In sum, Sedgwick regarded it as obvious that the freedom of speech encompassed the right of people to freely converse together, and thus to get together in groups for that purpose, making it unnecessary to list the freedom separately. But Page was correct that governmental authorities regarded assembly as a particularly dangerous activity and regulated it more strictly than more private forms of speech. It might seem obvious that people have the right to meet together in groups, to "freely converse together," as Sedgwick put it, but the distinctive character of the assembly right argues for including a separate and independent protection in the First Amendment. John Page won the argument. Sedgwick's motion "lost by a considerable majority," according to the report in the Annals of Congress. (3)

For the right to speak focuses on the message. That is why content and viewpoint-based regulations are subject to the strictest possible judicial scrutiny. The right of assembly or association focuses on something antecedent to the delivery of a message: on the process of formulation of ideas and selection of a message. A group of like-minded people--Presbyterians, say, or Democrats or veterans or the American Bar Association--may not even know what their message on a particular issue will be until they have had the chance to meet. And this right of association involves a collective or communitarian element not necessarily present for mere speech. We may be able to speak spontaneously and as individuals, but we cannot communicate as a group unless we can gather as a group to share our ideas and aspirations. A group of our own choosing. The American Revolution might never have gotten off the ground if the Sons of Liberty had been required to allow the local Tories to participate in their deliberations. (4)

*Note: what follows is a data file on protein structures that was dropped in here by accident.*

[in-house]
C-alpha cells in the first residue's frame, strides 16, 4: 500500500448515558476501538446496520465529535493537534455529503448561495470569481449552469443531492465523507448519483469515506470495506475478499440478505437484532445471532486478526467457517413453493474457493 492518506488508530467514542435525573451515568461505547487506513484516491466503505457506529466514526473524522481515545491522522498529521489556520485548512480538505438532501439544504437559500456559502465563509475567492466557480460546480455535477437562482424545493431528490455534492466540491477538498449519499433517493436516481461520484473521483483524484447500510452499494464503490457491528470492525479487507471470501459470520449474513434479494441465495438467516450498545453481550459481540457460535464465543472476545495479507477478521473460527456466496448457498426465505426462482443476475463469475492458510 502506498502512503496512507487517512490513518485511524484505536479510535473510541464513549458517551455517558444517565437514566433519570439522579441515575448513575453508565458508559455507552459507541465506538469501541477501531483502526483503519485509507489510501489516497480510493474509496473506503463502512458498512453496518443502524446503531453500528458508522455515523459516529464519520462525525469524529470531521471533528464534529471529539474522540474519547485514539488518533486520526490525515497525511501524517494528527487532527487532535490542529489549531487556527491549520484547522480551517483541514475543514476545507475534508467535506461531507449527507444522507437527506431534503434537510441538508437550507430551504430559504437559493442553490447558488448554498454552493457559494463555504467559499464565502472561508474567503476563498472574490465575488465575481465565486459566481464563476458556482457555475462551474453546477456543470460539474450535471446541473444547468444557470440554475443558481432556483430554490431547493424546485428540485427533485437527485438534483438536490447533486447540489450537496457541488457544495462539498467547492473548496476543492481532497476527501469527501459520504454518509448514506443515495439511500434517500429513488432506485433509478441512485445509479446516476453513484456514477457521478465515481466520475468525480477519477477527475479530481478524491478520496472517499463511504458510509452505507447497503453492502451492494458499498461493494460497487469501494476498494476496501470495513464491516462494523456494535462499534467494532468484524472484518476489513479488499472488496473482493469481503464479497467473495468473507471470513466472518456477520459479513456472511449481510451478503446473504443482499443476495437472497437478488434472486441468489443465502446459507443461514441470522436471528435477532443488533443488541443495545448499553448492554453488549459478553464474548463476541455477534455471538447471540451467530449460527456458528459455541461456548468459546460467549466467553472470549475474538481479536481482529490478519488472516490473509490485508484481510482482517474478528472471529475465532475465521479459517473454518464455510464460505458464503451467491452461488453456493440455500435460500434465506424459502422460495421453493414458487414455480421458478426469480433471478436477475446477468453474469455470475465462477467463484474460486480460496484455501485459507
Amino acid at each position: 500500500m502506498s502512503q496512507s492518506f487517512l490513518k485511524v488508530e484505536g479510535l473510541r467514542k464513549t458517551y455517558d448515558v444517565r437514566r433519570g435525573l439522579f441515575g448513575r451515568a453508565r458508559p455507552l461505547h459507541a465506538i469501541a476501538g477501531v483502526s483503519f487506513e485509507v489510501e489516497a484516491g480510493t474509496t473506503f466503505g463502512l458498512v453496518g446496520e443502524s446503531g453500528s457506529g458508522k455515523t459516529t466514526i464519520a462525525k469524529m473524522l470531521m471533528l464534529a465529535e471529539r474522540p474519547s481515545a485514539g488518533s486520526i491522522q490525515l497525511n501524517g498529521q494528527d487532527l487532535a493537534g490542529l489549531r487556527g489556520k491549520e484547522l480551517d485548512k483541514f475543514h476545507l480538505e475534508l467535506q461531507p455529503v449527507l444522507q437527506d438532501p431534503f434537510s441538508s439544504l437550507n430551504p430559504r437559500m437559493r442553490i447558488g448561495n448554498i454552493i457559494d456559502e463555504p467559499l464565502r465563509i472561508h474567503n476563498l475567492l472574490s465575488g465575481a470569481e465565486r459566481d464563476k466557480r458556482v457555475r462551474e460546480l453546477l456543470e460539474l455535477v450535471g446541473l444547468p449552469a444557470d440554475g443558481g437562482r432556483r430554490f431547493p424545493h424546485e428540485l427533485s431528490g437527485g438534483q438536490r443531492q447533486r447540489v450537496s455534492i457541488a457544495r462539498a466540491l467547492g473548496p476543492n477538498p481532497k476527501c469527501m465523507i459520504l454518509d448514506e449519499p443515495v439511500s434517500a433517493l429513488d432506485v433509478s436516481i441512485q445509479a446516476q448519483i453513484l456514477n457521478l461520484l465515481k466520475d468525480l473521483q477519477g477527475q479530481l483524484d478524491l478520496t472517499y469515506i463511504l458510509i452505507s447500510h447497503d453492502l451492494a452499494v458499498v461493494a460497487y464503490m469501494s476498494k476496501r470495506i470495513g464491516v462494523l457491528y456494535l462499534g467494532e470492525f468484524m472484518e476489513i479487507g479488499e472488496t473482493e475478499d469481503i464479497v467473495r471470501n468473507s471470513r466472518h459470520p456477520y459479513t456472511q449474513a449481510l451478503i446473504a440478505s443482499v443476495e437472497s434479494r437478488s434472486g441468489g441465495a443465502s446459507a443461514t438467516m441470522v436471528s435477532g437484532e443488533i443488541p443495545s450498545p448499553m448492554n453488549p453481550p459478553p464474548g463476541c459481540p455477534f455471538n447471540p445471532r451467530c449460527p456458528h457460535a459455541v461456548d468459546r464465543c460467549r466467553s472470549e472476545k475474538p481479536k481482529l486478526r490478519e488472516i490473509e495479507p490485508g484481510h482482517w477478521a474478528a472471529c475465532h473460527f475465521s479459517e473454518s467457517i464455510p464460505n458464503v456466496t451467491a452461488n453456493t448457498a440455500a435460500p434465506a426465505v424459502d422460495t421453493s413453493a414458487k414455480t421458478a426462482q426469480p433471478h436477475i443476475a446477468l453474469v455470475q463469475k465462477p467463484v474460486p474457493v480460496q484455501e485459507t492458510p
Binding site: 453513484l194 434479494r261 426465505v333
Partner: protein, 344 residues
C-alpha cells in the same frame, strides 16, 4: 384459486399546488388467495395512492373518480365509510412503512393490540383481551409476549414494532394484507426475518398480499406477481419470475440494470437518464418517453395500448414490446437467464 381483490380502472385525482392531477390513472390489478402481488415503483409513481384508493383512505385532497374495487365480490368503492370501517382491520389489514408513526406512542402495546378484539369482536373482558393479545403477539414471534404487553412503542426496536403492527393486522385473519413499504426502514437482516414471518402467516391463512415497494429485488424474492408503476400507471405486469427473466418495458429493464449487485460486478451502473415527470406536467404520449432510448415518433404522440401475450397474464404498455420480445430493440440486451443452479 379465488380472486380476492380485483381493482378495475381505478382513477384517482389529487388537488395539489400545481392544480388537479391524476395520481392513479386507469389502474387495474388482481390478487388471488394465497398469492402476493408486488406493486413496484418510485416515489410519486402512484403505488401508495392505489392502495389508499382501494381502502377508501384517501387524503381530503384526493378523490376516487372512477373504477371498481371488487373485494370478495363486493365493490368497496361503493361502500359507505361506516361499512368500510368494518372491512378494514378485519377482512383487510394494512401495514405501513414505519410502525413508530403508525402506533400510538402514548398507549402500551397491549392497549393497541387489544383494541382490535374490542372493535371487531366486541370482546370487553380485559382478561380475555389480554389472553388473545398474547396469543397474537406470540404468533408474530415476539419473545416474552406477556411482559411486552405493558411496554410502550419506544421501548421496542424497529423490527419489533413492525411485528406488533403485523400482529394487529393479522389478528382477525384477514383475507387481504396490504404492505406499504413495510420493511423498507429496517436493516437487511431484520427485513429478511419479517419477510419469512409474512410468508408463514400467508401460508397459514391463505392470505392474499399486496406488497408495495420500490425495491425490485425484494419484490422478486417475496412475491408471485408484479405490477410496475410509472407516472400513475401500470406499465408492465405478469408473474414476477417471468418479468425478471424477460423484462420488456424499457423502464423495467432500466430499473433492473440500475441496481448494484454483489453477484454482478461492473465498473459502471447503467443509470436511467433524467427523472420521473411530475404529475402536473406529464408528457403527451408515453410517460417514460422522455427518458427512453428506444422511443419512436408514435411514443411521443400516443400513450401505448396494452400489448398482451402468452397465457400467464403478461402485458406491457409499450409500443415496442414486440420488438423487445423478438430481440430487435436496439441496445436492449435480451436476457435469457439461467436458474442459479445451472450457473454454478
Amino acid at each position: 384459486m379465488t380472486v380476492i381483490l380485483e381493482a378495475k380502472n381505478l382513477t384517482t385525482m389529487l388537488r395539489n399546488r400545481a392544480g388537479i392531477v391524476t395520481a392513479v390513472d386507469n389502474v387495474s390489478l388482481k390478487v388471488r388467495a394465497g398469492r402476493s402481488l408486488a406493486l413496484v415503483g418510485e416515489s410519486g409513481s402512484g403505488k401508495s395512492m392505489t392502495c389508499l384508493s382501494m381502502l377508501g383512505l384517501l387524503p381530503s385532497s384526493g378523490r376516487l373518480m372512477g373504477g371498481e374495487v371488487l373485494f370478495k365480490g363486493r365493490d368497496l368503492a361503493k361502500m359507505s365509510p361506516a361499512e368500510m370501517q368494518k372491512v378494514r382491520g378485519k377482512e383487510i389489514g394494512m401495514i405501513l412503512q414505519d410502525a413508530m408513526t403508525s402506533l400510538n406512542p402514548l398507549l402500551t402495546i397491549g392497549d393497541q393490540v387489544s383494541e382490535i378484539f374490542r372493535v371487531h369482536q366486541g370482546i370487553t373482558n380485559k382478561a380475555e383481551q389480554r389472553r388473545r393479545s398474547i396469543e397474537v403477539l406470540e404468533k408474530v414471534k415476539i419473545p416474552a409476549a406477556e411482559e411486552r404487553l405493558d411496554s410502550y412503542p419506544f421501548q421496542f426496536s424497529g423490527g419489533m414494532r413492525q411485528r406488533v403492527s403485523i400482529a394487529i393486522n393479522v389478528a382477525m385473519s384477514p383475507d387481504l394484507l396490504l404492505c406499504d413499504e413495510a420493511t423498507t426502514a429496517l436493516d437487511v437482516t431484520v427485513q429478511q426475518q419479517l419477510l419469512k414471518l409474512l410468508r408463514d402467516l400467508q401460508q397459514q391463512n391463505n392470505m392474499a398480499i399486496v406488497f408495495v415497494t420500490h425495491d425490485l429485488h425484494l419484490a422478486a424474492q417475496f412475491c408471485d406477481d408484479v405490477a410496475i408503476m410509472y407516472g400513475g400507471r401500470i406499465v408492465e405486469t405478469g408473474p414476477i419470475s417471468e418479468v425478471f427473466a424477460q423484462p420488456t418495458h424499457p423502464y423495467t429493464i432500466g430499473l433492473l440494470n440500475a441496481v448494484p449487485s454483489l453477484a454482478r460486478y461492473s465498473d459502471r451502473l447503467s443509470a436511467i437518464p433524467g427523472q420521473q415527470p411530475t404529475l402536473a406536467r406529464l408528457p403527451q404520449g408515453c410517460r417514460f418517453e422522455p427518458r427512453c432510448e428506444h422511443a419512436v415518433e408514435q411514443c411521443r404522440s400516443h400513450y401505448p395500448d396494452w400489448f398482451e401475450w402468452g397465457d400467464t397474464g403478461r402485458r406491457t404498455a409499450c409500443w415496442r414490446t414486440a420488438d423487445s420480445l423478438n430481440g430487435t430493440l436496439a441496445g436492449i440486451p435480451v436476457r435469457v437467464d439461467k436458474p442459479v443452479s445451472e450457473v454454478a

It is one thing to allow individuals to say whatever they wish, and quite another to allow them to cooperate with others to decide what they wish to say as a group. Collective speech is potentially much more powerful than individual speech. It is also potentially much more dangerous or subversive to the government--which is why this right is qualified by the adverb "peaceably," which was not thought necessary for speech, press, or petition. And thanks to John Page and others, this right of assembly and association is equally and independently protected by the First Amendment. If we prevent the government from regulating the content of what we say, but allow it to regulate and control the membership, leadership, or institutional structure of the groups that are the seedbed of ideas and communication, we will have given the government a powerful instrument for controlling speech, press, religion, assembly, and petition. To focus just on preventing content-based regulation of messages is not enough.

Despite Sedgwick's optimism, the right of groups to assemble and converse together would not remain uncontroversial for long. When, perhaps inspired by the Jacobin Clubs of Paris, opponents of the Washington-Hamilton administration organized so-called "Democratic-Republican Societies" up and down the seaboard, (5) many Federalists thought this was taking the freedom of association to dangerous extremes. Not only did the whole enterprise bear too strong a resemblance to things French--never popular in America--but the Societies' practice of holding meetings only among like-minded members struck many critics as a mark of...